Not long before the end, I finally uploaded his Acadia pictures to my computer. He so rarely posts on social media that it wasn’t a priority for him to do anything with them, and I wanted the ones he took since we often split up who got their camera out to take the pictures. I hadn’t seen this shot, despite having a distinct memory of making him take it of me, and of his apprehension in taking his hands off the rock face to do so.
I don’t care that he’s the one that took this picture or that it’s from a trip I took with him (an amazing trip that I’ll look back on with fond memories for a long time, regardless of the circumstances - I suppose that’s one of the bittersweet benefits of parting on good terms). I don’t care that it’s not really the most flattering picture of me.
I felt so strong and brave in this moment. I felt calm and determined on this terrifying hike despite the stakes (yes, that’s the drop off the mountain just a couple feet ahead of me). I want to be able to embrace that strength and fearlessness to make it through this hurt and pain. Because the view at the top of the mountain was worth it and the journey along the way was surprisingly thrilling.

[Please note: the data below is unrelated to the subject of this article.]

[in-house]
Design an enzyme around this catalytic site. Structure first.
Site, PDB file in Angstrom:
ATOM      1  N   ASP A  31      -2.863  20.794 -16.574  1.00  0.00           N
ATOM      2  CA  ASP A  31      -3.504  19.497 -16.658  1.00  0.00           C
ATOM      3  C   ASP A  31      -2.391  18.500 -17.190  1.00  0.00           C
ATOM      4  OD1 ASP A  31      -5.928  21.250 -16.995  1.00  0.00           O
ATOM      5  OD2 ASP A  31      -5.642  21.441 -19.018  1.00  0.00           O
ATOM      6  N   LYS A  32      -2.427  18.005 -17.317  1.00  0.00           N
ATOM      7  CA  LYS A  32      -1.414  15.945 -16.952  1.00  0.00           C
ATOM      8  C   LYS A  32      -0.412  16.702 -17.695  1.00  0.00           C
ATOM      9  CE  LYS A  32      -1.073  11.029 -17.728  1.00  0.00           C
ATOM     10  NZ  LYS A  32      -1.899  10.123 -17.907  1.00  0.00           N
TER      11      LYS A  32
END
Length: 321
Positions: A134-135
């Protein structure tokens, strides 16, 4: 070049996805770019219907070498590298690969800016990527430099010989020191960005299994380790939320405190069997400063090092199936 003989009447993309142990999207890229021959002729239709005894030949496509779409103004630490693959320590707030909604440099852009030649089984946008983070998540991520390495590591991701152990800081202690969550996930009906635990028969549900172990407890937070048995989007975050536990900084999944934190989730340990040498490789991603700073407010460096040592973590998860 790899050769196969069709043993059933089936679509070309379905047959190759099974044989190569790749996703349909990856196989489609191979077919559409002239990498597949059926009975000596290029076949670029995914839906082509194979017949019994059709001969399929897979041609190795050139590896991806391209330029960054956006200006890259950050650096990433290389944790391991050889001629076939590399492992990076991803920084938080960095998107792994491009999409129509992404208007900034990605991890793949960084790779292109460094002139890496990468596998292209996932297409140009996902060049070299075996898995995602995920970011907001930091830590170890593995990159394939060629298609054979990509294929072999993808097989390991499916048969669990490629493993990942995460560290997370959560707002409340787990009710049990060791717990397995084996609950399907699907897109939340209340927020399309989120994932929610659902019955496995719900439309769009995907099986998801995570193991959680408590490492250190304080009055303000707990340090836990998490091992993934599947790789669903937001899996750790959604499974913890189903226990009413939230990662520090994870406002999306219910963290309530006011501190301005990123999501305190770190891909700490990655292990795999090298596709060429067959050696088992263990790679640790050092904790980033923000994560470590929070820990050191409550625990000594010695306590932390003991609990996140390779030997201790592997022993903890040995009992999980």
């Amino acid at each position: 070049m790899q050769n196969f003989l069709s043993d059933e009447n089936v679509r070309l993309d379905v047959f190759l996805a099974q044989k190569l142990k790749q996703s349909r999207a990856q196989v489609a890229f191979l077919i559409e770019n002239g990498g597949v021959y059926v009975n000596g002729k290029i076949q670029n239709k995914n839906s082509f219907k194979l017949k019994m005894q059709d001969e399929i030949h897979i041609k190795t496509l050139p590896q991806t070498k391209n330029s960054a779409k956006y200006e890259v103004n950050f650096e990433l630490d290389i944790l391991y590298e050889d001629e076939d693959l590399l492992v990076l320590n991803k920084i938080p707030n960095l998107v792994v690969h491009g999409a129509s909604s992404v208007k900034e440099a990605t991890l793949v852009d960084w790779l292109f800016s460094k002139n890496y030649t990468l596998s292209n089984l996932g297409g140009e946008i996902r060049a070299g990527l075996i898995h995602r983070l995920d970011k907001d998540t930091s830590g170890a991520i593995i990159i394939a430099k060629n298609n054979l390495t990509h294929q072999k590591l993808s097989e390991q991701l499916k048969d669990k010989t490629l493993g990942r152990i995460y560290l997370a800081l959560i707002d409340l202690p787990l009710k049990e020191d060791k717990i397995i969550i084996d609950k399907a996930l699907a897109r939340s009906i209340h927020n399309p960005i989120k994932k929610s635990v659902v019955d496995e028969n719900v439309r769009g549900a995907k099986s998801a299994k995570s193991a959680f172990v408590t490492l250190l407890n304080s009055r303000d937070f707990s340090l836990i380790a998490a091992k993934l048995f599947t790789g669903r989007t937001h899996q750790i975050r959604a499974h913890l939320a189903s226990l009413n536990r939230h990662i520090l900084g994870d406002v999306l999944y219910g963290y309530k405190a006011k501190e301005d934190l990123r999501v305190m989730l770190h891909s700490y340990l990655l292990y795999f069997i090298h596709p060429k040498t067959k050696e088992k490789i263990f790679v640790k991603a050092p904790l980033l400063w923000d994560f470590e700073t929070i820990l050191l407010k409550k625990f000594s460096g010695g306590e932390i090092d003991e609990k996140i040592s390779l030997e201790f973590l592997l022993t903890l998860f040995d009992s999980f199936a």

Maybe I’m putting too much stock into things lately, but looking at this picture of myself gives me some hope that I can conquer this mountain, too.
Maine is the northeasternmost state in the U.S., it is known for its rocky coastline, long maritime history and abundant parks and reserves, including the famed granite and spruce islands of Acadia National Park.
Moose are plentiful in Baxter State Park, which encompasses towering Mt. Katahdin, endpoint of the Appalachian Trail. Deep, wide Lake Sebago and other Lakes Region waters are popular for fishing and boating.